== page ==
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Israeli archaeologist unearths largest ancient hiding complex in Galilee: compared to ‘revolt-era safe rooms’

Hundreds of caves and caverns – some natural, some carved in the bedrock, and some serving as shelters in cliff faces – allowed the Jews to hide from the Roman legions. We pieced together a narrative of a people who once called this place a home. It sheltered the community as soldiers battled outside.

  • 3 months ago
  • April 27, 2024
6 min read
Professor Yinon Shivtiel of the Zefat Academic College in Israel recently discovered an underground labyrinth dug in preparation for the Bar Kokhba Revolt (132-136 C.E.) in Galilee. Here are tunnels connecting eight chambers beneath the homes that open at the surface. | Photo courtesy of Yinon Shivtiel Professor Yinon Shivtiel of the Zefat Academic College in Israel recently discovered an underground labyrinth dug in preparation for the Bar Kokhba Revolt (132-136 C.E.) in Galilee. Here are tunnels connecting eight chambers beneath the homes that open at the surface. | Photo courtesy of Yinon Shivtiel
Professor Yinon Shivtiel of the Zefat Academic College in Israel recently discovered an underground labyrinth dug in preparation for the Bar Kokhba Revolt (132-136 C.E.) in Galilee. | Photo courtesy of Yinon Shivtiel
Journalist’s Notes
Interview Subject
Professor Yinon Shivtiel of the Zefat Academic College in Israel recently unearthed an impressive underground labyrinth dug in preparation for the Bar Kokhba Revolt (132-136 C.E.) against the Roman Empire. Professor Shivteil was one of the excavation directors under the project conducted by the Israel Antiquities Authority (IAA).
Background Information
For the past few months, hundreds of students, soldiers and residents of Israel have been excavating Huqoq, an archaeological site situated near the Sea of Galilee. The excavations, conducted by the Israel Antiquities Authority (IAA), have revealed an impressive underground labyrinth dug in preparation for the Bar Kokhba Revolt (132–136 C.E.). This discovery ended a debate about whether the revolt reached Galilee or remained confined to Judea and central Israel. According to the Times of Israel, the complex is akin to ancient, revolt-era safe rooms.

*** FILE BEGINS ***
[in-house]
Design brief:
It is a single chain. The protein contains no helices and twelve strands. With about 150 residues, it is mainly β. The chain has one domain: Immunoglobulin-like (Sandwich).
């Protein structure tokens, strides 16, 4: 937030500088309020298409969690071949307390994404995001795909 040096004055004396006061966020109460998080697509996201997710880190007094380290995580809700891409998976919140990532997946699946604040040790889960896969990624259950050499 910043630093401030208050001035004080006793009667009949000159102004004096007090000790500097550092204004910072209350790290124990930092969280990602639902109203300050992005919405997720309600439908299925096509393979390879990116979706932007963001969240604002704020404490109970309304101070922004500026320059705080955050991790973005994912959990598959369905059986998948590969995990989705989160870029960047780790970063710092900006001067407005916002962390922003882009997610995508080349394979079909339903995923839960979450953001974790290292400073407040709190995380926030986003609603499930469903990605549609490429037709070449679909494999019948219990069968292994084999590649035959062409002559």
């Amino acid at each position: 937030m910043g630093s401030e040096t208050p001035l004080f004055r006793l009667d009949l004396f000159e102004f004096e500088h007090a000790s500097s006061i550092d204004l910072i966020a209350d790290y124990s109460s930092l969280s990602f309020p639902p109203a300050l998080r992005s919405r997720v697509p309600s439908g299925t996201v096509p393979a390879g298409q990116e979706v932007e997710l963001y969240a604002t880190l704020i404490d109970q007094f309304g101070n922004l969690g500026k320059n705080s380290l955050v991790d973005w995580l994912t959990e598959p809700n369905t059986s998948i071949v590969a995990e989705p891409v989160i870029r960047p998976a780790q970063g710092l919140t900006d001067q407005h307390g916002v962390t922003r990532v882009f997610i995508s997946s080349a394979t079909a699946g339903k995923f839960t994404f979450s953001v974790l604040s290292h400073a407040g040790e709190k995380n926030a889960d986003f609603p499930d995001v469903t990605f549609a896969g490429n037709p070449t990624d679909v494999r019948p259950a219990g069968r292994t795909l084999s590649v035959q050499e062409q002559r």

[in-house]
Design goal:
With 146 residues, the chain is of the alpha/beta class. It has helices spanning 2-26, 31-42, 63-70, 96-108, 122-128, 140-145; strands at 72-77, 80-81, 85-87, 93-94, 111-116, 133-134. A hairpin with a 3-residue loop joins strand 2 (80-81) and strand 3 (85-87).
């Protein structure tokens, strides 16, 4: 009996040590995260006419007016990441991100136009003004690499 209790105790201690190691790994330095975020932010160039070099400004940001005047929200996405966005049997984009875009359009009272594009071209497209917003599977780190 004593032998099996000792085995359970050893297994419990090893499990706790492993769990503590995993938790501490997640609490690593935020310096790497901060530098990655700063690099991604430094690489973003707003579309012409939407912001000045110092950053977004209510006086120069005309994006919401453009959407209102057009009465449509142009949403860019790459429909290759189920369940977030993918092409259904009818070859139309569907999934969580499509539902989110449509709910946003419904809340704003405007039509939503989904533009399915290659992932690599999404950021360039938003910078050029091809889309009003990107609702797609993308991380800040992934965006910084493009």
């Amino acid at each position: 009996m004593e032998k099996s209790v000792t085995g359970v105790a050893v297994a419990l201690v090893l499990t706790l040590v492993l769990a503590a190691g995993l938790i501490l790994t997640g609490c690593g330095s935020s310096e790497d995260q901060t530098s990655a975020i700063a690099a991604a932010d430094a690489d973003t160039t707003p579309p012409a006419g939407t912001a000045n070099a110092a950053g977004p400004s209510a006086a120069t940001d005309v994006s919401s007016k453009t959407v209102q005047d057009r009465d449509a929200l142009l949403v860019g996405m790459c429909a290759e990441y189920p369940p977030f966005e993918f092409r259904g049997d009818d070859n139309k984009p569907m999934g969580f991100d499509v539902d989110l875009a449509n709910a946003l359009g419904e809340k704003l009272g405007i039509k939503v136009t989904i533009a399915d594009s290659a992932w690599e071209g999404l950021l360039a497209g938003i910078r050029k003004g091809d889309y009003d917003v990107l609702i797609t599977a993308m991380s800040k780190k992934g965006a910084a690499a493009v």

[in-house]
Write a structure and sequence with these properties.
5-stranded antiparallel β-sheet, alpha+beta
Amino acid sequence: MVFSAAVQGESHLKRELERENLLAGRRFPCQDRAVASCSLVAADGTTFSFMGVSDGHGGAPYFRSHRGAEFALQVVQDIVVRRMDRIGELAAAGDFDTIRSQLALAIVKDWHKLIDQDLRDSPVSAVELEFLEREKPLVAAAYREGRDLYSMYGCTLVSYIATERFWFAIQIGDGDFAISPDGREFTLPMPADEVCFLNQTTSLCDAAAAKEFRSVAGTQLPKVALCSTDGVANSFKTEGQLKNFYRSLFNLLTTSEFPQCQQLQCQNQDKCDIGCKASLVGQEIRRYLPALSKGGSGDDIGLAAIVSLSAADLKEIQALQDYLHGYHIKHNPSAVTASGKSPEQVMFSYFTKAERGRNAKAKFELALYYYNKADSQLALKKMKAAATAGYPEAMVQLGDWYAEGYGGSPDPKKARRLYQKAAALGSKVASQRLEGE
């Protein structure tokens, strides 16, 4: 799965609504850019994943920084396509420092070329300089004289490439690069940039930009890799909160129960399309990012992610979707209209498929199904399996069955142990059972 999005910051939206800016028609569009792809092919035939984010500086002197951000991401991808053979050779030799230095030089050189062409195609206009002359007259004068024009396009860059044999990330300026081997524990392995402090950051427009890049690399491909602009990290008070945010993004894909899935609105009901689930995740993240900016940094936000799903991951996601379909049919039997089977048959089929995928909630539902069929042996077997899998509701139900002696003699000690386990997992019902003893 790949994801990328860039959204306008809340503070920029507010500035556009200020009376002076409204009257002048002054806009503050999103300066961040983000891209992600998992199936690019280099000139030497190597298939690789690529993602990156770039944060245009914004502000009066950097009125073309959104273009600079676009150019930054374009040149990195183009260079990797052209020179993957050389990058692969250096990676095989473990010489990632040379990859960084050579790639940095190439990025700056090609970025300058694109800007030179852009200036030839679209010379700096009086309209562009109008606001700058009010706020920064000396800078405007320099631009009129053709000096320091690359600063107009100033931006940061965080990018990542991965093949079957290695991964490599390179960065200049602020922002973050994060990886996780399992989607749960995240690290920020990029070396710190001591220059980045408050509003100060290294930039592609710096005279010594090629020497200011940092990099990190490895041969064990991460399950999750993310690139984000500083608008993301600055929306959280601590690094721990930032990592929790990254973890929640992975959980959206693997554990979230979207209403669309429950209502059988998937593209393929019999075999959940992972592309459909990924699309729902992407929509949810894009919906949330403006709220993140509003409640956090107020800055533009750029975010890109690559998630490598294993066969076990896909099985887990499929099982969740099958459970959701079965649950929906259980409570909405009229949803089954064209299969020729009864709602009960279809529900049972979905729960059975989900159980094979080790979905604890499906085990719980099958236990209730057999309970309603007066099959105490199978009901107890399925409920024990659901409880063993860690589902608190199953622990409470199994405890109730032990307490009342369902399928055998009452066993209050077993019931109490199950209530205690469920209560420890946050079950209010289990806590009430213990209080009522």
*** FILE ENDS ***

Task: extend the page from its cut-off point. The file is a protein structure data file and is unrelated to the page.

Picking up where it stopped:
HUQOQ, Israel ꟷ As an archaeologist, I often find myself immersed in the depths of time, looking for stories of civilizations past. Each excavation feels like a new journey into something hidden where I connect with humanity’s heritage. A recent excavation at an old archeological site in Huqoq, nestled deep within the earth, felt extraordinary.

Located in a remote area of Galilee, the site remained covered in mystery for centuries. The Israel Antiquities Authorities (IAA) organized the excavations. This time, the ruins we discovered hinted at a once-thriving complex. I led a team of hundreds of students and civilians to excavate the site. Armed with curiosity, we uncovered the secrets hidden beneath the soil.

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Archeologist is transported back in time, exploring the eight chambers of the Huqoq complex

Having been part of excavation teams in Galilee for years, this project felt uniquely special. Each time we moved forward, we found some hint of the past. We believed what we were finding pointed not just to a living community, but something with a huge role in history. Hundreds of caves and caverns allowed Jews to hide from the Roman legions. Some were natural caves. Others were carved in bedrock or in cliff faces.

We pieced together a narrative of a people who once called this place a home. It sheltered the community as soldiers battled outside. First discovered a half century ago by a member of the Huqoq kibbutz, only now are we properly excavating it. Despite scrutinizing hidden places in Israel and Galilee for years, this place surprised me. It proved to be far more than expected.

Read stories from the Israel-Gaza conflict.

I gained a sense of traveling through time as I passed through each cave. As I moved forward, I imagined all the people hiding and dying inside. The cliffs and surroundings transported me back centuries. I felt pain and shock seeing how people survived in those days. It makes me think about how the Israelis are in war today.